November 16, 1986
I've had enough! I can no longer sit back and allow reporter Dennis McDougal and The Times to show total disregard for providing balanced information on USA for Africa/Hands Across America and the work we're doing ("Hands' Bills Paid in Full, But Homeless Still Waiting," Nov. 2). The following facts remain: We have consistently lived up to the promise we have made publicly regarding the handling and distribution of the funds we have raised. "Hands Across America" was a tremendously successful event.
December 29, 1991 |
Who knows, maybe Rollerblading got its start in Tibet. The local non-contact (breaking bones is not the object), non-sexist (girls can play too), non-commercial (no free Nikes, much less athletic scholarships) sports scene has long been open to multicultural additions. The latest is buka . Imported from Southeast Asia, buka is played a little like Hacky Sack.
February 10, 1999 |
An amputee who received a transplanted hand from a cadaver at a Kentucky hospital said that the joy of seeing his new left hand replaced the horror he had felt since waking from amputation surgery in 1985. "My first impression was, 'Wow, 13 years has just evaporated,' " Matthew Scott said at a news conference at Jewish Hospital in Louisville, Ky., where the 15-hour operation to attach a new hand was completed Jan. 25.
June 1, 1986
Was Hands Across America a success? Yes and no. Yes, for those who can placate their consciences by paying $10 to hold hands and sing for 10 minutes. The participants got to feel good, but I don't. Next week I, too, will be homeless. Why am I becoming one of the homeless and hungry? I am one of the ignorant ones that our President was refering to. Sure, I receive food stamps while trying to live on $268 monthly, but those benefits were reduced when I lost my phone service because I couldn't pay the bill; $268 doesn't stretch to pay rent and utilities no matter how frugally I live.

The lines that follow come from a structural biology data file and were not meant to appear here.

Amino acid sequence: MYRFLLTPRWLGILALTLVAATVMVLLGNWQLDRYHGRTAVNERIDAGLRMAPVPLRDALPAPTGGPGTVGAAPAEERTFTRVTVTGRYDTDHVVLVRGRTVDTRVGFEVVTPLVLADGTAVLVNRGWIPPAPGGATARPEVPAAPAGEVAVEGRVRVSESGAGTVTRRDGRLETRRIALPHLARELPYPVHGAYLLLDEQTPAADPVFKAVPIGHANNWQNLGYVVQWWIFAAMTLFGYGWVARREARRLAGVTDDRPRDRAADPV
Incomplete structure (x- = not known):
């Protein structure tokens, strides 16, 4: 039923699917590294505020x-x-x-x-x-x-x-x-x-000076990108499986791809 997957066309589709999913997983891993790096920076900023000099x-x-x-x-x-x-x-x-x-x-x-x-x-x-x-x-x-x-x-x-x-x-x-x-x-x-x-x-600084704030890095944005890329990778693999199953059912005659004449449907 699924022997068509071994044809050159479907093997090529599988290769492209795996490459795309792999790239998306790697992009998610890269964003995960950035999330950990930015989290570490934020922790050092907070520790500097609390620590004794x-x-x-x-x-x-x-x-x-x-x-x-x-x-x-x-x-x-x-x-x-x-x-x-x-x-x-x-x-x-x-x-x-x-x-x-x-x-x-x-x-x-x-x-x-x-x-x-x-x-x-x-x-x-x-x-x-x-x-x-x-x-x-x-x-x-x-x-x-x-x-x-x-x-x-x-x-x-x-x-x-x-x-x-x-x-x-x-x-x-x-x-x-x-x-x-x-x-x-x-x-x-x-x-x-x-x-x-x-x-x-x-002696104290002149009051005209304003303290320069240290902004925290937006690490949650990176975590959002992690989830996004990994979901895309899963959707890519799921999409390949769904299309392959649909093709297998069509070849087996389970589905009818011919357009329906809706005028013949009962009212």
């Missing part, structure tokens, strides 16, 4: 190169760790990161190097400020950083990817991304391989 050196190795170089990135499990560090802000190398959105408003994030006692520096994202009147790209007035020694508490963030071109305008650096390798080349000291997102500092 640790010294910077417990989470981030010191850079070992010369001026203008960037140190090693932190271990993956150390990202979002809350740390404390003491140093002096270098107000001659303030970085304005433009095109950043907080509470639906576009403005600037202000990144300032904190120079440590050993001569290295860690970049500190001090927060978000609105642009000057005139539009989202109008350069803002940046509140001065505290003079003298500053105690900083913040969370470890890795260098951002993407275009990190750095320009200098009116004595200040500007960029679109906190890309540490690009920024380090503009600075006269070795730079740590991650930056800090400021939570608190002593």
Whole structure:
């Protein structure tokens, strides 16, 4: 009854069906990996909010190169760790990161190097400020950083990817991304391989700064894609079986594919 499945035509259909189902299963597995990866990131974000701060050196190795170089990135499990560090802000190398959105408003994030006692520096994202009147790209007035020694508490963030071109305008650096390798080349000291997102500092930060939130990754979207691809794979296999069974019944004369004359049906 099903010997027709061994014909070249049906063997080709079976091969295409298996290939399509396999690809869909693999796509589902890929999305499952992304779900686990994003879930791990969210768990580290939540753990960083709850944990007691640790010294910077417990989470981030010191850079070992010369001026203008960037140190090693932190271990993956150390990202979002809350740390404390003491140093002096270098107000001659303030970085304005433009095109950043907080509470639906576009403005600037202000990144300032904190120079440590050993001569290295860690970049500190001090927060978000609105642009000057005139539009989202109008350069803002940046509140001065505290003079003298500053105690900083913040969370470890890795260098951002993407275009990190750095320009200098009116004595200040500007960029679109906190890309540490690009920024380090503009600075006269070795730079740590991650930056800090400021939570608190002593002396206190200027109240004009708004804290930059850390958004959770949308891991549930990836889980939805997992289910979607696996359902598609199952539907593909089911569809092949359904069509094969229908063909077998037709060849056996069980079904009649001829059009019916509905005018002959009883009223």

October 6, 1991
Missing from James Flanagan's column, "Visual Media: the Big Picture" (Sept. 8), was even a hint of concern over the unprecedented concentration of media control in a handful of mostly foreign companies. Hollywood "artists" may congratulate themselves that they ultimately determine the content of the media, but how much creative control does a painter really have when his expenses are paid and his paints, brushes, canvas and even the art gallery are owned by a distant corporate giant pursuing its own agenda?
January 27, 1999 |
Matthew Scott--the first man in the U.S. to receive a hand transplant--moved a finger, and doctors said there are no signs of rejection or infection. Scott, 37, lost his left hand in the explosion of an M-80, a powerful and illegal firecracker, on Dec. 23, 1985. He was given a donor hand in 14 1/2 hours of surgery Sunday and Monday at Jewish Hospital in Louisville, Ky. But lead surgeon Dr. Warren Breidenbach warned that any number of complications could arise.
February 4, 2001 |
Surgeons in Britain have amputated the hand of the world's first hand transplant patient after he failed to follow the correct treatment, an Australian doctor said. Clint Hallam's transplanted hand was removed at his own request after his body rejected it, said microsurgeon Earl Owen, part of a team that transplanted the hand more than two years ago in France. Hallam, a New Zealander, lost his hand in a sawing accident in prison.
September 12, 2005 |
The new Saudi king has ordered citizens not to kiss his hand, saying the traditional gesture of respect is degrading and violates Islam. "Kissing hands is alien to our values and morals, and is not accepted by free and noble souls," Abdullah told a delegation from Baha, in southwest Saudi Arabia, which came to the royal palace to offer congratulations on his accession. "It also leads to bowing, which is a violation of God's law. The faithful bow to no one but God."
March 2, 1998
So what's the first thing we do when we wash our dirty hands ("The Wash Cycle," Jan. 26)? We turn on the faucet, transferring germs to the handle, wash and then immediately recontaminate our clean hands by grabbing the previously touched handle to turn off the water. Surgeons know about this and use a foot pedal to turn the water on and off. What can we do to prevent this? The new faucets that turn the water on via an optical sensor solve the problem. When using regular faucets, I wash the handles while I'm washing my hands so that when I turn the water off, my hands aren't reinfected.